Read the entire first chapter of Hebrews and then read the first verse of the second chapter. What were the readers of this sermon/letter (and what are we) supposed to pay much closer attention to?” The Word of God as spoken by Messiah. Why? So they wouldn’t drift away.

life_of_pi_by_megatruh-d5noigdRemember, that according to previous sermons, the writer of the Book of Hebrews was deeply concerned that his audience, because they were denied access to the Temple in Jerusalem, were tempted to “drift away” from their faith in Messiah, all for love of and devotion to Temple worship.

Christians believe that Hebrews was a warning to Jews not to abandon Jesus and “backslide” into Jewish practices including the Temple sacrifices, but according to Lancaster, it was a warning to not forget priorities.

Lancaster used a number of metaphors to get his point across but I’ll choose just one. How many couples do you know have gotten a divorce? Maybe you are divorced. Maybe you have friends who are, or maybe your parents are.

Sometimes, when describing the process that lead up to divorcing, men and women will say that they drifted away from each other over time. This rather contradicts a sudden trauma such as being abruptly denied access to Temple worship and suggests a gradual cooling of faith.

Faith and devotion to the Master are there, but for a variety of reasons, they can begin to become less important over weeks, months, and even years. Christians are taught in Church that only one thing matters: Jesus. It’s pretty easy to lock onto Jesus and not let go because he is all anyone ever talks about.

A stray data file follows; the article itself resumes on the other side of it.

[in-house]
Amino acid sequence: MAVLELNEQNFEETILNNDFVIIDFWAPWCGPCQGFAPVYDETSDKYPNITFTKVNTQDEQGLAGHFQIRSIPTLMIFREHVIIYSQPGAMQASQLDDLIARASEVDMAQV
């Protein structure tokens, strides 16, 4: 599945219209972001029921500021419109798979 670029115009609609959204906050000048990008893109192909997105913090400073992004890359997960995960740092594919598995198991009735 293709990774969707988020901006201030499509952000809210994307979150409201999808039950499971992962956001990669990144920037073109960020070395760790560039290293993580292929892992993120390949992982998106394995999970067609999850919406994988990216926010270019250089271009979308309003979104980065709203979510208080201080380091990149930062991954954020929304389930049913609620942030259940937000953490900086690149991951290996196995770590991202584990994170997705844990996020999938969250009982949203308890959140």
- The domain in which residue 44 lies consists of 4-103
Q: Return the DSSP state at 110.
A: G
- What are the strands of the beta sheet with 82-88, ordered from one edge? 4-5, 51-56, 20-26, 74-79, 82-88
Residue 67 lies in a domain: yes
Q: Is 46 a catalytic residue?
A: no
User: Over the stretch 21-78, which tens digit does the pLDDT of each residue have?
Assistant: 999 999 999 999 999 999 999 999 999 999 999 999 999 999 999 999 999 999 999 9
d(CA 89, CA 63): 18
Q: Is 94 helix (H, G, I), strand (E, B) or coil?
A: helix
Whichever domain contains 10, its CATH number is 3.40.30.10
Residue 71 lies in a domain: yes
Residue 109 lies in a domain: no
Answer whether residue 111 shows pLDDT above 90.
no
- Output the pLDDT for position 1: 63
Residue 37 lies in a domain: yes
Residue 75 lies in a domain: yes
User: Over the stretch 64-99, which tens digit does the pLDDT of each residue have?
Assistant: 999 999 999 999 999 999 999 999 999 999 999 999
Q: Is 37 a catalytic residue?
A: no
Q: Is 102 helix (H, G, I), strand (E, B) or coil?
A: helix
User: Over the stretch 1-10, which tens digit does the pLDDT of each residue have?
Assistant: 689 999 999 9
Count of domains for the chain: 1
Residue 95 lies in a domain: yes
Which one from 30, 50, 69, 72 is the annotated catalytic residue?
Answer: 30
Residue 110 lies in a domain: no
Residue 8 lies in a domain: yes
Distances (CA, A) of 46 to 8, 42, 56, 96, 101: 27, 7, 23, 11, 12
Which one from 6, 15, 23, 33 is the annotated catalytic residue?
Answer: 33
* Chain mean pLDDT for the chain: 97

But the Messianic Jewish and Hebrew Roots movement are sometimes so devoted to Torah, to Talmud, to Shabbat, to a thousand other things, that Jesus gets lost in the shuffle. I think that’s why some Gentile Messianic believers convert to normative Judaism, usually Orthodox, because the things of Judaism become more attractive and they slowly drift away from Yeshua.

Hebrew Roots people accuse Messianic Jewish adherents of promoting this kind of apostasy all the time, but here we have D. Thomas Lancaster, no small voice in the realm of Messianic Jewish teachings and writings, offering the same cautionary tale based on the warning of whoever wrote the Book of Hebrews.

What Did I Learn?

I’ve been bending my brain around what Lancaster has been teaching and filtering it through some of the comments of people who have been reading my reviews.

broken-crossCould the Book of Hebrews been written after the Temple’s destruction and the writer was trying to encourage his Jewish readers that the quintessential Temple continued to exist in Heaven with Messiah as its Kohen Gadol?

Regardless of differences in interpretation, the main point of Lancaster’s sermon was what hit home the most, especially in the face of recent failures and my continued struggle with the rigidity of certain Christians and their commentaries.

For this reason we must pay much closer attention to what we have heard, so that we do not drift away from it. For if the word spoken through angels proved unalterable, and every transgression and disobedience received a just penalty, how will we escape if we neglect so great a salvation?

Hebrews 2:1-3 (NASB)